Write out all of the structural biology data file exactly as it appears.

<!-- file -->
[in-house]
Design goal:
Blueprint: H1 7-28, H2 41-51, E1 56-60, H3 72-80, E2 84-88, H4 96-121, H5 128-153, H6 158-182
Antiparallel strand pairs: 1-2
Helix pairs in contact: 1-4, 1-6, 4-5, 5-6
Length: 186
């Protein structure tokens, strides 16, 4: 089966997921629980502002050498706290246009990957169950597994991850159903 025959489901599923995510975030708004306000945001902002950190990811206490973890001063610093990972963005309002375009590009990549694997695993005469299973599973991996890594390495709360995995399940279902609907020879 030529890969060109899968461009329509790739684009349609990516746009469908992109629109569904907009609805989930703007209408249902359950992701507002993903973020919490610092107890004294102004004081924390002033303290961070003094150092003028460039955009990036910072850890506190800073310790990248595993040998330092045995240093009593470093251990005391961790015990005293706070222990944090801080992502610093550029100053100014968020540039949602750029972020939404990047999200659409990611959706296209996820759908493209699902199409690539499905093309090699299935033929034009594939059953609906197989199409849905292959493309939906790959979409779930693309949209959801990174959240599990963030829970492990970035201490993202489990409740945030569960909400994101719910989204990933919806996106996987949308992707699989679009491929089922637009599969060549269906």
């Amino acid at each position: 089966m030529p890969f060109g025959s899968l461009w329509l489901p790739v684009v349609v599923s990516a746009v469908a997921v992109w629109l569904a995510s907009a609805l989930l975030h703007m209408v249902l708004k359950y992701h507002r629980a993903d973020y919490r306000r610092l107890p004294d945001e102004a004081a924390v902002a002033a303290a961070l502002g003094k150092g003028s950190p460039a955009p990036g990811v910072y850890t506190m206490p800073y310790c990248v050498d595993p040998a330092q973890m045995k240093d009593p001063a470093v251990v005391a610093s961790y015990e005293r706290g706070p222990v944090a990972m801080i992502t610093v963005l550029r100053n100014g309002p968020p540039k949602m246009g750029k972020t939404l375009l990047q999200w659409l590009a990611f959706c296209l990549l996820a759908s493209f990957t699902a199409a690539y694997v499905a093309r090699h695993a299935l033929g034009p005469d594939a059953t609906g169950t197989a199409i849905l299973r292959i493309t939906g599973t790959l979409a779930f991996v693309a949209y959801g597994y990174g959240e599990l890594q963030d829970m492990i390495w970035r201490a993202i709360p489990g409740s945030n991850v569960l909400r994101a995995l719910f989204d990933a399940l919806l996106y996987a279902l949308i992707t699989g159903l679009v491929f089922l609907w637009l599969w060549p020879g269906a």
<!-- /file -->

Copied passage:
[in-house]
Design goal:
Blueprint: H1 7-28, H2 41-51, E1 56-60, H3 72-80, E2 84-88, H4 96-121, H5 128-153, H6 158-182
Antiparallel strand pairs: 1-2
Helix pairs in contact: 1-4, 1-6, 4-5, 5-6
Length: 186
């Protein structure tokens, strides 16, 4: 089966997921629980502002050498706290246009990957169950597994991850159903 025959489901599923995510975030708004306000945001902002950190990811206490973890001063610093990972963005309002375009590009990549694997695993005469299973599973991996890594390495709360995995399940279902609907020879 030529890969060109899968461009329509790739684009349609990516746009469908992109629109569904907009609805989930703007209408249902359950992701507002993903973020919490610092107890004294102004004081924390002033303290961070003094150092003028460039955009990036910072850890506190800073310790990248595993040998330092045995240093009593470093251990005391961790015990005293706070222990944090801080992502610093550029100053100014968020540039949602750029972020939404990047999200659409990611959706296209996820759908493209699902199409690539499905093309090699299935033929034009594939059953609906197989199409849905292959493309939906790959979409779930693309949209959801990174959240599990963030829970492990970035201490993202489990409740945030569960909400994101719910989204990933919806996106996987949308992707699989679009491929089922637009599969060549269906």
């Amino acid at each position: 089966m030529p890969f060109g025959s899968l461009w329509l489901p790739v684009v349609v599923s990516a746009v469908a997921v992109w629109l569904a995510s907009a609805l989930l975030h703007m209408v249902l708004k359950y992701h507002r629980a993903d973020y919490r306000r610092l107890p004294d945001e102004a004081a924390v902002a002033a303290a961070l502002g003094k150092g003028s950190p460039a955009p990036g990811v910072y850890t506190m206490p800073y310790c990248v050498d595993p040998a330092q973890m045995k240093d009593p001063a470093v251990v005391a610093s961790y015990e005293r706290g706070p222990v944090a990972m801080i992502t610093v963005l550029r100053n100014g309002p968020p540039k949602m246009g750029k972020t939404l375009l990047q999200w659409l590009a990611f959706c296209l990549l996820a759908s493209f990957t699902a199409a690539y694997v499905a093309r090699h695993a299935l033929g034009p005469d594939a059953t609906g169950t197989a199409i849905l299973r292959i493309t939906g599973t790959l979409a779930f991996v693309a949209y959801g597994y990174g959240e599990l890594q963030d829970m492990i390495w970035r201490a993202i709360p489990g409740s945030n991850v569960l909400r994101a995995l719910f989204d990933a399940l919806l996106y996987a279902l949308i992707t699989g159903l679009v491929f089922l609907w637009l599969w060549p020879g269906a």